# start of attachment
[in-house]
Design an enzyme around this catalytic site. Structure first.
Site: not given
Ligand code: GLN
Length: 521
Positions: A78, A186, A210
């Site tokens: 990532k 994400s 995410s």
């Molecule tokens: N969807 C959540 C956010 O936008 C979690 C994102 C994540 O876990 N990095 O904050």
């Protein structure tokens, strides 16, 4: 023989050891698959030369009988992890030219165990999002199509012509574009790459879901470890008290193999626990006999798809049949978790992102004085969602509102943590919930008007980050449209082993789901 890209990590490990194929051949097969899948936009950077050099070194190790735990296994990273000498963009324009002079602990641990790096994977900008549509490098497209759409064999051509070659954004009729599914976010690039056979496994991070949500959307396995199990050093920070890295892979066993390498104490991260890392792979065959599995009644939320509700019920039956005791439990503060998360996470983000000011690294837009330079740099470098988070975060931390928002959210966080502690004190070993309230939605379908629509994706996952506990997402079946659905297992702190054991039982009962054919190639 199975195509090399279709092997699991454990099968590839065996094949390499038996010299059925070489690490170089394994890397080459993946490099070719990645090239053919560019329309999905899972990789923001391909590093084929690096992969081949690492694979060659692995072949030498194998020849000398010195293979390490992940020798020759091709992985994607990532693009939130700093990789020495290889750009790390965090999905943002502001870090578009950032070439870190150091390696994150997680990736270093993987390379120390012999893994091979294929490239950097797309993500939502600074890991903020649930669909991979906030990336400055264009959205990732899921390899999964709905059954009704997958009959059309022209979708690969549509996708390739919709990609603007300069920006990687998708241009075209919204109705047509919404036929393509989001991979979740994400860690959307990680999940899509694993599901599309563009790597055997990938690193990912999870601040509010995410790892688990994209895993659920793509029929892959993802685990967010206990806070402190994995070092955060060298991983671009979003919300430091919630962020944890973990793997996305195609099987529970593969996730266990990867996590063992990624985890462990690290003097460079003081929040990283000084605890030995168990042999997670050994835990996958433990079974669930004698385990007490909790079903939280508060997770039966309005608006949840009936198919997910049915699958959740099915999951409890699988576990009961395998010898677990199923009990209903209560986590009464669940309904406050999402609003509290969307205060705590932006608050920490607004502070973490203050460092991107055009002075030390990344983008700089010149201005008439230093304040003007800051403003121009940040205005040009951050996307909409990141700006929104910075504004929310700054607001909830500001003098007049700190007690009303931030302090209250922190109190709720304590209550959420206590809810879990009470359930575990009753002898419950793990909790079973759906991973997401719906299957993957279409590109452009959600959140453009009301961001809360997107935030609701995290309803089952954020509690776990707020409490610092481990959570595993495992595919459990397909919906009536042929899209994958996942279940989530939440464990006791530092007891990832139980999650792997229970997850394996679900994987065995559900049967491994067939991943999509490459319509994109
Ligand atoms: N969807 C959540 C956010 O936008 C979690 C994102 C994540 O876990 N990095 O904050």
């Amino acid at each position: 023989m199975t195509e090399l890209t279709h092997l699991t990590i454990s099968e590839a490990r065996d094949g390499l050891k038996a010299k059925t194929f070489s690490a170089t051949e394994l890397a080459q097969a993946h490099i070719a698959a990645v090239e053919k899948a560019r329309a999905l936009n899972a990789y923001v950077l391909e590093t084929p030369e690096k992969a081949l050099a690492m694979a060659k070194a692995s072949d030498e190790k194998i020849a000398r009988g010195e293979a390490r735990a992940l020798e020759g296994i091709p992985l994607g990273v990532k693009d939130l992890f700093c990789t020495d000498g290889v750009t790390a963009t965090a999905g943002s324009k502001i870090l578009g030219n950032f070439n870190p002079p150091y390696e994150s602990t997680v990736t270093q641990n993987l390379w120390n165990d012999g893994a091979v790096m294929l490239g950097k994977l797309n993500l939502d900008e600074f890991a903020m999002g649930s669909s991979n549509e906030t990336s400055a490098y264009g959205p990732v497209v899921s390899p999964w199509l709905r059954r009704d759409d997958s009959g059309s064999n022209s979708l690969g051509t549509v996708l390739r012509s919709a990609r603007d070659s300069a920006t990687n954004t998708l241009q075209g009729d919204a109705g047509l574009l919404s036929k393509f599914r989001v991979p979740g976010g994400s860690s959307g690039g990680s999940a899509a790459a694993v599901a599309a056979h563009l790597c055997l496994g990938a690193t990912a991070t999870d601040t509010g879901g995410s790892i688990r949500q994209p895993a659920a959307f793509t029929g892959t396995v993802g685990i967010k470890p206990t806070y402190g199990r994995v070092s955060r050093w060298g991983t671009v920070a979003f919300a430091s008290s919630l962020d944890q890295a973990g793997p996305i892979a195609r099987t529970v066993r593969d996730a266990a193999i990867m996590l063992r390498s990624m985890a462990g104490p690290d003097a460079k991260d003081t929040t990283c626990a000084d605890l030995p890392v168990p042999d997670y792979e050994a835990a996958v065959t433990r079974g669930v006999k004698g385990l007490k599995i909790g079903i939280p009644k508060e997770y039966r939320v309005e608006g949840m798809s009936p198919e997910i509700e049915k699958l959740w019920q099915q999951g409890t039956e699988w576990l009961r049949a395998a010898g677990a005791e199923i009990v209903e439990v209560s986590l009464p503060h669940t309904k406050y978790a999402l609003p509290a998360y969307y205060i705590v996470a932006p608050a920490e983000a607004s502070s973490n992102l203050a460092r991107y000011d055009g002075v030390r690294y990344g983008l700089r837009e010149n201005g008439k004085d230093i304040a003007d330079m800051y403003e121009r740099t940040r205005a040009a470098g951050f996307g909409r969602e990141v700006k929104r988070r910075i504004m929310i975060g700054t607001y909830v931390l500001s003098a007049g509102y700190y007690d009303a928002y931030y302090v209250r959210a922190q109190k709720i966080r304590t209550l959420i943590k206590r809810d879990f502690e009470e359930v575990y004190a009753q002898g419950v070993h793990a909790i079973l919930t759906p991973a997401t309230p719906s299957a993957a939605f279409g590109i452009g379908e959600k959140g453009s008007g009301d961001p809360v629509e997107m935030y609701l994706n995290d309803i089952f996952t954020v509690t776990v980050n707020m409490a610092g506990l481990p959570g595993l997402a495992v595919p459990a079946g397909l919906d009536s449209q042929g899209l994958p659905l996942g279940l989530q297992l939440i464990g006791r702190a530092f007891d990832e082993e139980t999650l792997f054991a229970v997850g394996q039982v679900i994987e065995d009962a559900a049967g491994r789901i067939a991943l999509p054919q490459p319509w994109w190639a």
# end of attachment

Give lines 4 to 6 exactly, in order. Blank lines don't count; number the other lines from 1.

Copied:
Ligand code: GLN
Length: 521
Positions: A78, A186, A210